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Controversial Movie Castings
After the trailer for the Nina Simone biopic Nina was released, the casting of Zoe Saldana as the legendary African-American singer was criticized online and by Simone's estate itself. But Saldana, who was first slammed for the role in 2012, isn't the first celebrity to find themselves at the center of a casting controversy.
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Scarlett Johansson as Motoko Kusanagi in Ghost in the Shell
The upcoming Ghost in the Shell is based on an anime and manga series of the same name starring a Japanese woman named Motoko Kusanagi. The live-action adaptation, however, stars Scarlett Johansson, a white actress. Soon after DreamWorks revealed their casting decision in 2015, petitions sprung up demanding that Hollywood "stop whitewashing Asian characters." In April, the studio released a first look at Johansson in her lead role, prompting a fresh wave of criticism from actress Ming-Na Wen, Yahoo’s Jason Chen, the Angry Asian Man blog, and many more influential figures in the community. No one associated with the film has publicly responded to these complaints. —Ariana Bacle
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Rooney Mara as Tiger Lily in Pan
The same year that she starred opposite Cate Blanchett in the critical darling Carol, Rooney Mara hit the big screen as a slightly more controversial character. The Girl with the Dragon Tattoo actress was tapped to play Tiger Lily in 2015's Pan — a role many thought should've gone to a person of color based on the character's Native American roots. Mara weighed in on the issue in a 2015 interview with People, saying of the controversy, "It wasn’t great, I felt really bad about it. It was something that I thought about before I met with [director] Joe [Wright]. When I met with Joe and heard what his plans for it were, it was something I really wanted to be a part of. But I totally sympathize with why people were upset and feel really bad about it."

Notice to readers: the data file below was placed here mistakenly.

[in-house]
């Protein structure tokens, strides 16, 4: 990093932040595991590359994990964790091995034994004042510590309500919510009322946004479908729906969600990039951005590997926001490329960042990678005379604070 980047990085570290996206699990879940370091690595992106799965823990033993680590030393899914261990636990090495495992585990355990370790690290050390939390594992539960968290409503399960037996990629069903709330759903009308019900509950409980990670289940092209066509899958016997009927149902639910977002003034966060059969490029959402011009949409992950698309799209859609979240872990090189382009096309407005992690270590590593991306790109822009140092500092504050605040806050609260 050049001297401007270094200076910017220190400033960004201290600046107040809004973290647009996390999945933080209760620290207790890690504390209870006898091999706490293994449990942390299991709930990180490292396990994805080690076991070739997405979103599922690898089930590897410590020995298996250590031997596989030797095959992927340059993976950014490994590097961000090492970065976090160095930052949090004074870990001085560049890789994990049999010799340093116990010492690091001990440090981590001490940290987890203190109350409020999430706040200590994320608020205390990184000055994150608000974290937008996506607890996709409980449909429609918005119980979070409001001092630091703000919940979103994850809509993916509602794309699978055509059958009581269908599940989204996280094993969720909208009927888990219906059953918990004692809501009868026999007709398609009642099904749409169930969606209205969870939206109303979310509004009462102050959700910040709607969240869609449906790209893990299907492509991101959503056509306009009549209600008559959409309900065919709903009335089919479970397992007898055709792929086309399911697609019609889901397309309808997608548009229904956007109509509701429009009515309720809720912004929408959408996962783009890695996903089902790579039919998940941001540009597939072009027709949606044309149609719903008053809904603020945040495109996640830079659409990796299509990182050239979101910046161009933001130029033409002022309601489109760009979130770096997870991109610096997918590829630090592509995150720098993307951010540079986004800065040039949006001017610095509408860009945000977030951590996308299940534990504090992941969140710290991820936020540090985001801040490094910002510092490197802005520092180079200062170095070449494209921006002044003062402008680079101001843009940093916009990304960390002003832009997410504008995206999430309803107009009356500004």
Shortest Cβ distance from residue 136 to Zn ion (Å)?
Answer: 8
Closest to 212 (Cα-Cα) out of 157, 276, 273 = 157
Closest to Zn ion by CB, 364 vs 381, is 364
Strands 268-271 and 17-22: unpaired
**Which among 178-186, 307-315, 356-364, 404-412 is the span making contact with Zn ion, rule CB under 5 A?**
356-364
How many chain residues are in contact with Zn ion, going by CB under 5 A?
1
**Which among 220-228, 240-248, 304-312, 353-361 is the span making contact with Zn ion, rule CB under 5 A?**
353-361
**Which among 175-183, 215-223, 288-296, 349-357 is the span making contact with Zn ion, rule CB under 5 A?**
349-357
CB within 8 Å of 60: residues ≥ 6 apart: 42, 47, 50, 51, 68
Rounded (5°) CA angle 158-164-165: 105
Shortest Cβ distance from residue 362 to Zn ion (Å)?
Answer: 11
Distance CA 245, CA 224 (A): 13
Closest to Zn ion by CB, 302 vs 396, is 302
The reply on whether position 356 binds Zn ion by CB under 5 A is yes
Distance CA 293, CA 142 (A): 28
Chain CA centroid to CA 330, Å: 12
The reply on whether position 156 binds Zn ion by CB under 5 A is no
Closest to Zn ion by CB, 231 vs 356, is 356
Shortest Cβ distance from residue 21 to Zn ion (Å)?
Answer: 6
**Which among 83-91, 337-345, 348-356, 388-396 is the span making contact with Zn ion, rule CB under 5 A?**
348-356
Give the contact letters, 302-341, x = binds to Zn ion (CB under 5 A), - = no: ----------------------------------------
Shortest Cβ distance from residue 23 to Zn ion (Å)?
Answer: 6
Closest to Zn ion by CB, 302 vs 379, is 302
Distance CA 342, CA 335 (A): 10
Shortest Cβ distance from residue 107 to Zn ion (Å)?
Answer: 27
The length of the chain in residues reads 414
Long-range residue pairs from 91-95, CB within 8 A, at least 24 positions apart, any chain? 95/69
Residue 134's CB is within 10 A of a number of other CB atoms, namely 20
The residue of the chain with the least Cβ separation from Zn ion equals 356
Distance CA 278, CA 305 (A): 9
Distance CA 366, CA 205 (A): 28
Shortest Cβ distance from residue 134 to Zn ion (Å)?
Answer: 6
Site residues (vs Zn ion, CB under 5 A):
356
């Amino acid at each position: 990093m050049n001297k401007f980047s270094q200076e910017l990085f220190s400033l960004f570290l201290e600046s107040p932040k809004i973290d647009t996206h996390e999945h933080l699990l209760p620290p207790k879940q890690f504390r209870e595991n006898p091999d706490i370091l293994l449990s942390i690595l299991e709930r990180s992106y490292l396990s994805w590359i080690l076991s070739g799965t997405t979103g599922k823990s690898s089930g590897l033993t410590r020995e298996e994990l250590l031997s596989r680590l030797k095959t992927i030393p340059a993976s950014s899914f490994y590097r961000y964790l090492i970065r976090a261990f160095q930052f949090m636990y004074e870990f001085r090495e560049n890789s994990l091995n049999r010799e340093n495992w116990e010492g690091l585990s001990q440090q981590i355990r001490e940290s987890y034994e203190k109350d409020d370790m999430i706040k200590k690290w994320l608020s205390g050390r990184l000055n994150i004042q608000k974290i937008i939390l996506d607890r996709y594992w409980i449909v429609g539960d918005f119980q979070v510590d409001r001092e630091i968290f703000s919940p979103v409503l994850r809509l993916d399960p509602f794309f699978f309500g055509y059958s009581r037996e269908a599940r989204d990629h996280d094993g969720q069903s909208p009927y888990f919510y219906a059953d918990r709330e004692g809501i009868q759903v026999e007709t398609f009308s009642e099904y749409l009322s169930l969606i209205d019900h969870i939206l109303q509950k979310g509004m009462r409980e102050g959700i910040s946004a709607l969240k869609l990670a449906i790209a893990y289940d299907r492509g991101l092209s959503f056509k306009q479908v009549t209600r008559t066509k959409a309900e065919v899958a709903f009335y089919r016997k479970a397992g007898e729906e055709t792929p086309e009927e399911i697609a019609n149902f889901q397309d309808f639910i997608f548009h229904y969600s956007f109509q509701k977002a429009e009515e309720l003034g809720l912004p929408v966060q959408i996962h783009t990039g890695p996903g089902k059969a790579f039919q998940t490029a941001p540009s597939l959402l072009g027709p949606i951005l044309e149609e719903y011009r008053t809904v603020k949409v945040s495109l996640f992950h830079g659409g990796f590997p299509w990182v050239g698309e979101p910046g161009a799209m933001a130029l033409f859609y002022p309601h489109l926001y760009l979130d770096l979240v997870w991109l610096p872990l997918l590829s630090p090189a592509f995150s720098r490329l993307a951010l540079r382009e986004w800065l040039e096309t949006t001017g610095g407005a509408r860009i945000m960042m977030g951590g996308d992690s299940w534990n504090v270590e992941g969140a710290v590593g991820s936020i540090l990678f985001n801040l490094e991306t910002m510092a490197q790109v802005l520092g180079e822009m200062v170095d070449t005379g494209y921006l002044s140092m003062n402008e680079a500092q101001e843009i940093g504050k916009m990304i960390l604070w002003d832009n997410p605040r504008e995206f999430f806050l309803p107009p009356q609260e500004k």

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Emma Stone as Captain Allison Ng in Aloha
A star-studded project from Cameron Crowe and Scott Rudin and starring Emma Stone, Bradley Cooper, Rachel McAdams, Bill Murray, and John Krasinski among others, sounded like a recipe for box office gold — but the film quickly went in another direction. Aloha came under fire in 2015 for the casting of Stone as an Asian-American woman named Captain Allison Ng. After widespread outcry, Crowe commented on the casting, writing in a statement, "I have heard your words and your disappointment, and I offer you a heart-felt apology to all who felt this was an odd or misguided casting choice... As far back as 2007, Captain Allison Ng was written to be a super-proud 1/4 Hawaiian who was frustrated that, by all outward appearances, she looked nothing like one." Stone herself also added her two cents, saying in an interview that she "learned on a macro level about the insane history of whitewashing in Hollywood and how prevalent the problem truly is," adding that the discussions "ignited a conversation that’s very important."
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Zoe Saldana as Nina Simone in Nina
Zoe Saldana continues to face heat for her role as Nina Simone just months before the release of Nina. While the decision to cast the Guardians of the Galaxy actress as the famed musician has been a controversial one since it was first announced, the drama bubbled back up in March 2016. After Saldana tweeted a quote from Simone reading, "I'll tell you what freedom is to me- No Fear... I mean really, no fear," the late singer's estate responded from her Twitter account, writing, "Cool story but please take Nina's name out your mouth. For the rest of your life." Director Cynthia Mort weighed in as well, telling EW, "Zoe gave an amazingly courageous and great performance. I think that’s all that should matter."
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Christian Bale as Moses in Exodus: Gods and Kings
Christian Bale played Moses in the 2014 film Exodus: Gods and Kings, raising the eyebrows of viewers and critics. The British actor was taking on a character with Egyptian roots, leading white-washing controversy to surround the flick. Director Ridley Scott addressed the issue in an interview with Variety, saying, "I can’t mount a film of this budget, where I have to rely on tax rebates in Spain, and say that my lead actor is Mohammad so-and-so from such-and-such. I’m just not going to get it financed. So the question doesn’t even come up." Costumer designer Janty Yates also weighed in, telling EW, "You can’t expect studio to back you because they want box office. So they want names they recognize. Ridley’s not like that at all. If you look at Kingdom of Heaven, Saladin was played by a Syrian actor."
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Jake Gyllenhaal as Dastan in Prince of Persia: the Sands of Time